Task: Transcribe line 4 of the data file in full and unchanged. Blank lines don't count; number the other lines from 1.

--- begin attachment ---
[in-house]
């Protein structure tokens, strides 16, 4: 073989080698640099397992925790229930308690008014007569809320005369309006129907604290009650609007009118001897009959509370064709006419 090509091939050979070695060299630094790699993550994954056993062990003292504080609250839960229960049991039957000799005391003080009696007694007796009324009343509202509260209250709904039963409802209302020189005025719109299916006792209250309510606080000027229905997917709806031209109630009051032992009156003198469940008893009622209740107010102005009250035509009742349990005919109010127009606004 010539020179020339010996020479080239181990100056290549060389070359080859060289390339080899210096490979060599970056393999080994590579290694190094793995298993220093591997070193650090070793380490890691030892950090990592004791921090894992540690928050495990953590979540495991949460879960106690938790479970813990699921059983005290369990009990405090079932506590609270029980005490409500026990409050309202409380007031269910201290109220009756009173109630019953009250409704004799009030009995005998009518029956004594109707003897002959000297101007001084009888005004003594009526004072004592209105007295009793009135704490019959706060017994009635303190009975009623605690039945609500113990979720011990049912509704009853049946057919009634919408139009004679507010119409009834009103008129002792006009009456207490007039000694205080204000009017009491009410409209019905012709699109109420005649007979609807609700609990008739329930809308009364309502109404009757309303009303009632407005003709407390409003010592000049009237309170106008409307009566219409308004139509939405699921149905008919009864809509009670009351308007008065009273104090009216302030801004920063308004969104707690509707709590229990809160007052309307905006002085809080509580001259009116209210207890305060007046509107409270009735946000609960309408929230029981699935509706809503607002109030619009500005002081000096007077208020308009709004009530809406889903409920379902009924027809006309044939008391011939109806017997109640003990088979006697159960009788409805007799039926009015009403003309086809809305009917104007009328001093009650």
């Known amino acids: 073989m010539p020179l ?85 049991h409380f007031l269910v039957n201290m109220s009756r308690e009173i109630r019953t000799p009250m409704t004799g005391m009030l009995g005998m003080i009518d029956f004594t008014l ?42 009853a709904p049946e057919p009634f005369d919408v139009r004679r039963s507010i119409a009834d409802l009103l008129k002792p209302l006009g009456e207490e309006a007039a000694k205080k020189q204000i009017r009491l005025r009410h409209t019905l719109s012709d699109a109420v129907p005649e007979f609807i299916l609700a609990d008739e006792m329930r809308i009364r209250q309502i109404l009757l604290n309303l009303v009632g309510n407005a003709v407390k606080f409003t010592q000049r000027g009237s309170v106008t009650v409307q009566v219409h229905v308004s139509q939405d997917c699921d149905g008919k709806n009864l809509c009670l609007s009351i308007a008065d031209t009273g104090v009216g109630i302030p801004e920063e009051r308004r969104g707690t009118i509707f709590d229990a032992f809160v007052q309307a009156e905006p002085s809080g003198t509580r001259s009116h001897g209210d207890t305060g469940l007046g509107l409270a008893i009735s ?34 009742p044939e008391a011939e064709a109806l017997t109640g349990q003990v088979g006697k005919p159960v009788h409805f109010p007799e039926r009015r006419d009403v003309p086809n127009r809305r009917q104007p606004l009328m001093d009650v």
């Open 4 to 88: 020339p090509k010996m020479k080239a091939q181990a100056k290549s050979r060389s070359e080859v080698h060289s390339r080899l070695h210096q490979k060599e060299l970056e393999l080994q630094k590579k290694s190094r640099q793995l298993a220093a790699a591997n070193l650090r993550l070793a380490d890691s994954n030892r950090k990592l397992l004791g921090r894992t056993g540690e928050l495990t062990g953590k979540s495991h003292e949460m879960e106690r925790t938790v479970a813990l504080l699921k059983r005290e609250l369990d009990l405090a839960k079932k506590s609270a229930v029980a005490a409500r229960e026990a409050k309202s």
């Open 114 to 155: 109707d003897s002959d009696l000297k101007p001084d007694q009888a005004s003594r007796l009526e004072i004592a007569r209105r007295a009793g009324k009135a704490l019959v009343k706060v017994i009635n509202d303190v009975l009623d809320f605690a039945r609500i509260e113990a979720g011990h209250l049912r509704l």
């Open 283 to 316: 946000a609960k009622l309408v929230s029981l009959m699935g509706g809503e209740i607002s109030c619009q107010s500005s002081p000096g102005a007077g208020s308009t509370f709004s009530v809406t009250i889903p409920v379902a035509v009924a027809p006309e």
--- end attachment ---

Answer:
């Open 4 to 88: 020339p090509k010996m020479k080239a091939q181990a100056k290549s050979r060389s070359e080859v080698h060289s390339r080899l070695h210096q490979k060599e060299l970056e393999l080994q630094k590579k290694s190094r640099q793995l298993a220093a790699a591997n070193l650090r993550l070793a380490d890691s994954n030892r950090k990592l397992l004791g921090r894992t056993g540690e928050l495990t062990g953590k979540s495991h003292e949460m879960e106690r925790t938790v479970a813990l504080l699921k059983r005290e609250l369990d009990l405090a839960k079932k506590s609270a229930v029980a005490a409500r229960e026990a409050k309202s």